The opening of this novel takes place in 1983 in China. Twenty-one years earlier, Lin, a young man being trained as a Red Army doctor, got a letter from his parents asking him to return home so he could be married to a girl they had selected. Her photo seemed okay, so he agreed.
Upon his arrival home, he found that the girl looked more like a forty year old woman, rather than the young woman in the photo. She had bound feet, which was something that was no longer considered “cool” in modern China. Even though he tried to get out of the marriage, his parents insisted it happen, so Lin married, and the couple did then have one daughter.
Lin spent the whole of every year working in a distant military hospital, only returning to his wife and farm for ten days. Each year during those ten days, he tried to get a divorce, which Shuyu would always at first agree with, but when they went to the village judge to sign the divorce paper every year she would back out of getting the divorce.
There was no hostility between the two, Dr. Lin was always civil and sympathetic to Shuyu, but he just didn’t love her. She accepted her role as his wife and tried to always do things that would please him.
For the seventeenth time the divorce was rejected by the judge, and Dr. Lin returned unhappily to the hospital to tell Manna, his girlfriend, of the judges ruling. Manna was of course was also unhappy, but Dr Lin convinced Manna, that he was sure he would be able to get the divorce the following year. Dr. Lin and Manna kept their relationship plutonic in the meantime.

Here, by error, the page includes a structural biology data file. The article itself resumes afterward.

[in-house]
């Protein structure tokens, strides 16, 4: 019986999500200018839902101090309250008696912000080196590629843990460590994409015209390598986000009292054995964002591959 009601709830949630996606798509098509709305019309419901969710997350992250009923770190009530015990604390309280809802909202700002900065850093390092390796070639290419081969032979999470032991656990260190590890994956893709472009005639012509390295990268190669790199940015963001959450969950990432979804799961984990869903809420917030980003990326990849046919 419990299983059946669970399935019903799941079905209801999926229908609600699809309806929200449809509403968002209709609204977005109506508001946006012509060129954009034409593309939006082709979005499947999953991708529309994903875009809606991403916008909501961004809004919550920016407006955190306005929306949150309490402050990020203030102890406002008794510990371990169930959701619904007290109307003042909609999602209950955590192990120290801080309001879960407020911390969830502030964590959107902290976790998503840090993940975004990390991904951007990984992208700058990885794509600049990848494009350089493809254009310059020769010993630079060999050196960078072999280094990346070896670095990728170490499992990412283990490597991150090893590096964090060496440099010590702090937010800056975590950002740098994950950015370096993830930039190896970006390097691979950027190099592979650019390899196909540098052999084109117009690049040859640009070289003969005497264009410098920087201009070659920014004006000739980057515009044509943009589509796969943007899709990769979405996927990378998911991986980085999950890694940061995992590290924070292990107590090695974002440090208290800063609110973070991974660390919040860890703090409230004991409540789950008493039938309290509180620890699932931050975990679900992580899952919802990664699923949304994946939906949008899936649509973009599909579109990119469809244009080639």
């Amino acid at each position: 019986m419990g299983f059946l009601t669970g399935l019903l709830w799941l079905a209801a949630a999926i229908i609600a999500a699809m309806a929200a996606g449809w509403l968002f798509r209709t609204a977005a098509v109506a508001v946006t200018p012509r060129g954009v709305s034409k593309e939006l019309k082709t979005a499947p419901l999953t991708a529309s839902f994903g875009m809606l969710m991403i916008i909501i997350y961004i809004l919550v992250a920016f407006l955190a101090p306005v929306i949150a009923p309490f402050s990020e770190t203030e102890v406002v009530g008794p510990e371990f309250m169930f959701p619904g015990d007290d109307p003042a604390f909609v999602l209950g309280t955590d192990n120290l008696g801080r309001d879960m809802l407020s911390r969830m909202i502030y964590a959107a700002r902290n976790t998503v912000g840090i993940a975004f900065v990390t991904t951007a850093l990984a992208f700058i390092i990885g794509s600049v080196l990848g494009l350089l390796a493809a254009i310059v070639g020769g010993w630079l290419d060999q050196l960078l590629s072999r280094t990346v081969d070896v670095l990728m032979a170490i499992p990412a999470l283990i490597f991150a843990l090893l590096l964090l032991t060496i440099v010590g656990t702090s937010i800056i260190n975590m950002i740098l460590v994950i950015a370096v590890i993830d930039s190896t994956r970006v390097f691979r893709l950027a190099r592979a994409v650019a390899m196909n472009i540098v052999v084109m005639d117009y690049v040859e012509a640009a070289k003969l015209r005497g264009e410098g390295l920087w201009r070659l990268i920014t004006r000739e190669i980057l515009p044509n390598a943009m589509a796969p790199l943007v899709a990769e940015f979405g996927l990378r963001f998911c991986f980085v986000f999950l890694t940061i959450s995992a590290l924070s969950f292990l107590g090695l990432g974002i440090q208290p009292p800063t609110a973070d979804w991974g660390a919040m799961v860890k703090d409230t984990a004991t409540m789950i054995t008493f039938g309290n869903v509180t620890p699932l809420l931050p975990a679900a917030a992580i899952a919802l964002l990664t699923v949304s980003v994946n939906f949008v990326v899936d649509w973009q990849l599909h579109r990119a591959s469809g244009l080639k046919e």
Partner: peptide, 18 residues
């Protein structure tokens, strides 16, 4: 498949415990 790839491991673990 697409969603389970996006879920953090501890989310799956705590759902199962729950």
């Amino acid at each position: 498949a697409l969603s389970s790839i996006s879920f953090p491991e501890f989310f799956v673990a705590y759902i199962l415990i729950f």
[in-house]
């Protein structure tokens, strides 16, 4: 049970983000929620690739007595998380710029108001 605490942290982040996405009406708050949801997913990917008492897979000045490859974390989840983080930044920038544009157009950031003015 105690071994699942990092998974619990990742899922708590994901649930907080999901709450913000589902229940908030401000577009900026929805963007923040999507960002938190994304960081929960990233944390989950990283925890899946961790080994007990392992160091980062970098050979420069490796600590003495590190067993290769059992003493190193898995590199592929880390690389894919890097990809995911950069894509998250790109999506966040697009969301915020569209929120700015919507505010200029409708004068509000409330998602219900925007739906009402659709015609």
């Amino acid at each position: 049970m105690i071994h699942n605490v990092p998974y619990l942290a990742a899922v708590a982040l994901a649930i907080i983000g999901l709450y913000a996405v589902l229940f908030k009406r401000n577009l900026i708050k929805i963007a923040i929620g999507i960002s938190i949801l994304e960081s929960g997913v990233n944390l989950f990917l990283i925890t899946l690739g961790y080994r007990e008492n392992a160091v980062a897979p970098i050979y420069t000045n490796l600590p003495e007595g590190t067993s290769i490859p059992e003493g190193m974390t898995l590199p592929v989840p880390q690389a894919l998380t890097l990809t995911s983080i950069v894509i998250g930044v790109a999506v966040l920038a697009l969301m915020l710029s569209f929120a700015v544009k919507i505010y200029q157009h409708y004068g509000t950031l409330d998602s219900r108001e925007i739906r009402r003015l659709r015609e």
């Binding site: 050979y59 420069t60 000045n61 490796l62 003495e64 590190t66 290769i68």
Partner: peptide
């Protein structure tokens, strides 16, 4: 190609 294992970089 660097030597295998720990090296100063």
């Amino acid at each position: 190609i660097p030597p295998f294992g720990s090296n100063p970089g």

The story flashes back to the 1960’s and tells of Dr. Lin’s work in the hospital and how the relationship between he and Manna, a nurse, slowly developed, despite the very restrictive government rules against any, even non-sexual, interactions between men and women of the medical profession. These chapters give a good description of life in China under Mao.
For eighteen years Dr. Lin and Manna lived as friends, in the strict Communist hospital setting, despite their deep heart-felt feelings for each other, and every year Dr. Lin would visit his wife in an effort to get her to give him a divorce. Each year he failed because Shuyu’s brother, who was against the divorce, would sabotage Lin’s effort. Manna became ever more frustrated with the static nature of their relationship.
Eventually Dr Lin got his divorce and married Manna, but his new marriage was not as idyllic as they had dreamed, because of a lot of self-doubts that arose in both of them and the impact of their aging. I guess I expected a bit more from the novel’s ending after all of the struggles and sacrifices that had been made in getting there. The ending seemed flat to me, nevertheless it was an interesting book to read.
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